Where to Incorporate
You can incorporate in the state where your corporation expects to conduct a majority of its business, or you can incorporate in another state. If you incorporate in one state and end up conducting business in another, you will have to qualify to do business in that state and it will most likely involve more incorporation fees, filing requirements and paperwork.
However, many businesses (mostly publicly-held corporations or companies that operate in multiple states) do form in other states even though the business primary headquarters is in another state because of tax benefits and flexibility in management structure. If you are a small business only operating in one state, it could cost you more time and money to incorporate in another state besides the one you are conducting business in. Find out what the comparative costs would be if you formed a legal entity in a particular state versus the costs of registering as a foreign corporation in that state. A corporation doing business in a state other than the state where the legal entity was formed is considered a foreign corporation.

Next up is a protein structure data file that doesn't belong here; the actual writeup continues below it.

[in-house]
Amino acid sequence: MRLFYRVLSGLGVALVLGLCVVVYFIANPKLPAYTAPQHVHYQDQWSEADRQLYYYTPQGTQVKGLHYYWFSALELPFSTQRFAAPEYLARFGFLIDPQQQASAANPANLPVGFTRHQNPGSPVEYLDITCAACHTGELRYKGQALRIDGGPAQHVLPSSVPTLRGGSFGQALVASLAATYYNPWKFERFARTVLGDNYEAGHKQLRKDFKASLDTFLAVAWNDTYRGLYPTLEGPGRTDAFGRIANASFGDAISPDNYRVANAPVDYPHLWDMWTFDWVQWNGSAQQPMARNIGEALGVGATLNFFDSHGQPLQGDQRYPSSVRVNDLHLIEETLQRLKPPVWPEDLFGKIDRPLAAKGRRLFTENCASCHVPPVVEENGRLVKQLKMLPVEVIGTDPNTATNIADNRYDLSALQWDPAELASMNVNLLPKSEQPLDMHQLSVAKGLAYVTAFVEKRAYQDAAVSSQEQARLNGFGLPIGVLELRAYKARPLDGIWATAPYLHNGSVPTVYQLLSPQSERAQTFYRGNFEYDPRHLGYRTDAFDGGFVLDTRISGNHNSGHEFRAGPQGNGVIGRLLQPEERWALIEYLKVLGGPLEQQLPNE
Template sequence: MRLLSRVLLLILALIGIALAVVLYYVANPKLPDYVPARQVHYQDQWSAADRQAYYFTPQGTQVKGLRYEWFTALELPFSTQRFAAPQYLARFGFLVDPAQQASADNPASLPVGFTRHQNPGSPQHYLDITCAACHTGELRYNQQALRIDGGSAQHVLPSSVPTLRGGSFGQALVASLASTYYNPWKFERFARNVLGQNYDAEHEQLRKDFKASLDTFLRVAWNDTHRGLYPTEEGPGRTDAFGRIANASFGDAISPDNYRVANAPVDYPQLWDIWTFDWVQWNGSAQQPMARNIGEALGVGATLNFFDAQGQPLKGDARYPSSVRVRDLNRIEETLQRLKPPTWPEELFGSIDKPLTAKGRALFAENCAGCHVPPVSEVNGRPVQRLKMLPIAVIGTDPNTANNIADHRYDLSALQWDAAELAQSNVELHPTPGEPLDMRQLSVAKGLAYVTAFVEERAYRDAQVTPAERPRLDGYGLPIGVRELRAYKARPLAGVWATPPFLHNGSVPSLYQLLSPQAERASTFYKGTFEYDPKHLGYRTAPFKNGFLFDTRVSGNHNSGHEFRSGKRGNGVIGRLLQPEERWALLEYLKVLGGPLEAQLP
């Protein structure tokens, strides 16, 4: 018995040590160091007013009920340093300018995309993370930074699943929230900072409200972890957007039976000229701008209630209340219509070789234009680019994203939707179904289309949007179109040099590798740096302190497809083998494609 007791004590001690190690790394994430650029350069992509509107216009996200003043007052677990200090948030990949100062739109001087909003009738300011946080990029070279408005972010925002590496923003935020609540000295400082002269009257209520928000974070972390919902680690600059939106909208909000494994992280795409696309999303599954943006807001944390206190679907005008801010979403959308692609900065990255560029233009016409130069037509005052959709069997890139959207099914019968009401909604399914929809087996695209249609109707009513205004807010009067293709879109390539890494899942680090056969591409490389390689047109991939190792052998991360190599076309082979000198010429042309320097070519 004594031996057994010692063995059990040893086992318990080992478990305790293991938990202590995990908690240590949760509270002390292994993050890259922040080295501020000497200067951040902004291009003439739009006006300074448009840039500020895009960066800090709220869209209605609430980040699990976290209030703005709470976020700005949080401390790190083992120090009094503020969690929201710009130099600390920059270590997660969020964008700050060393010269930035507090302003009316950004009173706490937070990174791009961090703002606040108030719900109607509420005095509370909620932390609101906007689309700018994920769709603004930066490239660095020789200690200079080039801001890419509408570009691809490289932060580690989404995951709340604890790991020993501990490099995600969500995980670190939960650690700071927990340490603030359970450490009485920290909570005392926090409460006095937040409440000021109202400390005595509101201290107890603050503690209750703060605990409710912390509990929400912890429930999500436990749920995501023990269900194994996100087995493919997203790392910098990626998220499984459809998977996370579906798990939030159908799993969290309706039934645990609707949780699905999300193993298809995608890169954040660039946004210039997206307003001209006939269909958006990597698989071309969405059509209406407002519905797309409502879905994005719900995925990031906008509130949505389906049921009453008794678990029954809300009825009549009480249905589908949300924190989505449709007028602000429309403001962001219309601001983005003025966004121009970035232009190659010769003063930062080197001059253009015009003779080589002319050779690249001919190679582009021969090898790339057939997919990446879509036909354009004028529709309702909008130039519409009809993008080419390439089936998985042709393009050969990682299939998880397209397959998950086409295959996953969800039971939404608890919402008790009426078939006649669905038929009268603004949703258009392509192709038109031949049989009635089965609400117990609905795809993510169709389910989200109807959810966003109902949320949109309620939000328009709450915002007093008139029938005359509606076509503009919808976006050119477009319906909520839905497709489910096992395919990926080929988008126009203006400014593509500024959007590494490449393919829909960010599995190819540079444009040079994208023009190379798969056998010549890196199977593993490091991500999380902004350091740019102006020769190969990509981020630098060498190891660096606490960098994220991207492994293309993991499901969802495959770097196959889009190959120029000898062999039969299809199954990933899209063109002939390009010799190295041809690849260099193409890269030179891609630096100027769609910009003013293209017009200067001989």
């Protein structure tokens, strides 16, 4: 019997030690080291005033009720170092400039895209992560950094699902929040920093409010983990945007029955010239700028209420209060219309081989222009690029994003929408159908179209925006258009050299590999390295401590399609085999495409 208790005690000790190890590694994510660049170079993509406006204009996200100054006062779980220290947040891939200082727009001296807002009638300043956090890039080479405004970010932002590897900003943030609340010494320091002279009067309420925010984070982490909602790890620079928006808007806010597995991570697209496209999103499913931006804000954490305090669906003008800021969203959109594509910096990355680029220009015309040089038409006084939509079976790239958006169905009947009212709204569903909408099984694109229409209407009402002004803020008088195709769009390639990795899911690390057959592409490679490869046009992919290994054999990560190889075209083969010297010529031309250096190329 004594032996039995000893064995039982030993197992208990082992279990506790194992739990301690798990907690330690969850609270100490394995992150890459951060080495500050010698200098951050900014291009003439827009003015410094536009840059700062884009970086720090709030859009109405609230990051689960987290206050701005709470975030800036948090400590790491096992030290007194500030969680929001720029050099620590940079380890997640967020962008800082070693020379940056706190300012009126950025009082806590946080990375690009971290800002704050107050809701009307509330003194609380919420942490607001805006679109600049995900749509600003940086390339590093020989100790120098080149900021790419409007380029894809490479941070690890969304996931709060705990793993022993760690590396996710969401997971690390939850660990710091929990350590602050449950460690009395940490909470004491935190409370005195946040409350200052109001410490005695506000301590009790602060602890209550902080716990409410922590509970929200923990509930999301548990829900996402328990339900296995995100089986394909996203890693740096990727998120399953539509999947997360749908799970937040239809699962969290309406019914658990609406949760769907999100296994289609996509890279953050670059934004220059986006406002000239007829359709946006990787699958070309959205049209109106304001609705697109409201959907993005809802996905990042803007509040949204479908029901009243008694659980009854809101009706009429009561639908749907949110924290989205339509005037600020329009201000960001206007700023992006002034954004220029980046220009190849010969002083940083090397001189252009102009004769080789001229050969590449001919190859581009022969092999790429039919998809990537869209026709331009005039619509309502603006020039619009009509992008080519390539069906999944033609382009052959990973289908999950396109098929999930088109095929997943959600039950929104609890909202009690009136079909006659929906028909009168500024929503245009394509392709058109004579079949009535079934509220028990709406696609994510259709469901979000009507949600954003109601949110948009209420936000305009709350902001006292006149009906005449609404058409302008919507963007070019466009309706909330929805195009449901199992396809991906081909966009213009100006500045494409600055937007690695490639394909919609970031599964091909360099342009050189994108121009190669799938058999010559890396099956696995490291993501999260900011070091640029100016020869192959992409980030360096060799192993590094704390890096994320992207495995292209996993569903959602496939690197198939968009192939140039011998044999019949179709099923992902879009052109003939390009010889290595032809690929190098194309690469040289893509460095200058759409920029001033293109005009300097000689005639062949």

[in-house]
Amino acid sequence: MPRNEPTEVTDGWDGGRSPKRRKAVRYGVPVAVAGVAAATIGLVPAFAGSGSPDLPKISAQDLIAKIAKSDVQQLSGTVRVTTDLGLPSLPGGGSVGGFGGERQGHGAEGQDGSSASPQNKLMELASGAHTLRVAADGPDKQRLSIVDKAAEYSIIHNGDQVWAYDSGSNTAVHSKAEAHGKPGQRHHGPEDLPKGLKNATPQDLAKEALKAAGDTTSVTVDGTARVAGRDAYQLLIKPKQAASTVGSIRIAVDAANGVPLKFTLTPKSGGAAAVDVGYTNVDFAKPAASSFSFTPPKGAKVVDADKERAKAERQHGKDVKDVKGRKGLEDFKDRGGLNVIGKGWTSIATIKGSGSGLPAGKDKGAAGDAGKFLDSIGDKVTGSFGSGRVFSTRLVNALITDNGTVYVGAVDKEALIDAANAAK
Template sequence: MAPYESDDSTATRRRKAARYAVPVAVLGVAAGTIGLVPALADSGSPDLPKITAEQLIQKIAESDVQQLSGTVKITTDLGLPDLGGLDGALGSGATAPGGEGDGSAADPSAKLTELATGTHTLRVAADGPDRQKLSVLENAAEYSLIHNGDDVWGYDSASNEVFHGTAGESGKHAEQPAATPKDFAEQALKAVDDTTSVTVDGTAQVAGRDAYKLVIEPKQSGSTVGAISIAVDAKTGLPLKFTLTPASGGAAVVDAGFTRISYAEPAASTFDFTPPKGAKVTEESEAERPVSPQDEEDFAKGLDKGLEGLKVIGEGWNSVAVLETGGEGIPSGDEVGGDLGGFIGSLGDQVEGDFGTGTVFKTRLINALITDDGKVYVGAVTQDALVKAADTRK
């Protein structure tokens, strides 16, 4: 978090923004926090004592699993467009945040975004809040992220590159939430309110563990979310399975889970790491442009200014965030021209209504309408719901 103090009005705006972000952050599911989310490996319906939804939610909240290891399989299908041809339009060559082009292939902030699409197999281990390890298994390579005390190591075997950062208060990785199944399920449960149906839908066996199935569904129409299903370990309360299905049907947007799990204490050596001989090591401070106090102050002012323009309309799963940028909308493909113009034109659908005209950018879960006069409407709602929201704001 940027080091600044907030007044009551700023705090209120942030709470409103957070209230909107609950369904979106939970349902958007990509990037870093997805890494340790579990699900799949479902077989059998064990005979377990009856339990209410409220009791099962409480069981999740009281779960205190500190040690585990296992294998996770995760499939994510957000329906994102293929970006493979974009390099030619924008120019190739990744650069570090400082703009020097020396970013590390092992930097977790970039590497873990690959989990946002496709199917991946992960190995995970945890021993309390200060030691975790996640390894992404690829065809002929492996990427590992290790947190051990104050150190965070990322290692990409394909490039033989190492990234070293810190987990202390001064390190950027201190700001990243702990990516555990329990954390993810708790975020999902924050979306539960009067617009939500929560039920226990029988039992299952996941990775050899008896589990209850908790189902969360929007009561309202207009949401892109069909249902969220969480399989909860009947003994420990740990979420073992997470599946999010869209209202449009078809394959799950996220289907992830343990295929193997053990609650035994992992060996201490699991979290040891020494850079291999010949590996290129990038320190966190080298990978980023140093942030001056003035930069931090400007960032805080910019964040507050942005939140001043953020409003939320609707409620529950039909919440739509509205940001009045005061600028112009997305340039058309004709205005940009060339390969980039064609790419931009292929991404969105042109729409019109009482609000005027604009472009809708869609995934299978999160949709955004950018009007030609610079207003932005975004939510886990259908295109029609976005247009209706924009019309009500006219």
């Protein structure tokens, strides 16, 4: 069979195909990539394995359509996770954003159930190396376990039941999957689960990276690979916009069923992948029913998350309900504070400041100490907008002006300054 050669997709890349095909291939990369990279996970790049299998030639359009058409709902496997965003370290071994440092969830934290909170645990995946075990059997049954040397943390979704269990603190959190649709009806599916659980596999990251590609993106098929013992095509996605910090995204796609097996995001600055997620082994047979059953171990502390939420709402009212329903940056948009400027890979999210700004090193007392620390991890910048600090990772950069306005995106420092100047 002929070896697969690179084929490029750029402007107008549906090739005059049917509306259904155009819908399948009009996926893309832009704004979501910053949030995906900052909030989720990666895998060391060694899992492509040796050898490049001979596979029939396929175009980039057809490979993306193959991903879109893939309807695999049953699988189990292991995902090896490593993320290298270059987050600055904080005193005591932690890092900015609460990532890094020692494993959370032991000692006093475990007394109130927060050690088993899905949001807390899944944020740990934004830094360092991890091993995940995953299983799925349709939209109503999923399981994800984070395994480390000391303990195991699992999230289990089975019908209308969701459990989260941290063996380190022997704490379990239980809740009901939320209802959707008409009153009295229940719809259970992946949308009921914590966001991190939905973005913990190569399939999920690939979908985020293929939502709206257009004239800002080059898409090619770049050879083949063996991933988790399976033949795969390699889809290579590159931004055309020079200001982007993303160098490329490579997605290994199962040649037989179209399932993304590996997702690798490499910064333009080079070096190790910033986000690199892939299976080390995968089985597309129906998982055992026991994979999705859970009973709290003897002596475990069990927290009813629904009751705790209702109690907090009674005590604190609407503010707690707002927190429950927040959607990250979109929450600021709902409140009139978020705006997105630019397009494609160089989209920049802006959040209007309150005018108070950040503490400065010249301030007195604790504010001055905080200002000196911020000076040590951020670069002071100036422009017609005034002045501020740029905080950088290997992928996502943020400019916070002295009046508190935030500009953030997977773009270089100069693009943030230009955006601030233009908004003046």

You will want to find out what the states corporate laws are in regards to the rights and responsibilities of corporate shareholders and directors and in regards to the rights of creditors. Further, each state has a different tax rate so find out what that number is for the states you are considering.
Common states to form a legal entity
Some states provide additional incentives and lower tax rates than others; the most common being Delaware and Nevada.
Delaware is a popular state to form a legal entity. According to the Delaware Division of Corporations, more than 60% of the Fortune 500 and 50% of U.S. publicly-traded corporations on the New York Stock Exchange are incorporated in Delaware. Why? The Delaware General Corporation of Law is one of the most advanced and flexible in the nation; offers inexpensive incorporation fees; has a court system with over 200 years of legal experience; keeps the corporation statute and business laws current; and the Delaware Secretary of State operates like a business, rather than a governmental bureaucracy.
Nevada is the runner up for incorporation services and boasts benefits to business owners. If you form a legal entity in Nevada, directors and officers may be nonresidents, stock holders can remain private, and one person may hold all corporate officers. In addition, Nevada does not have an annual franchise tax unlike other states.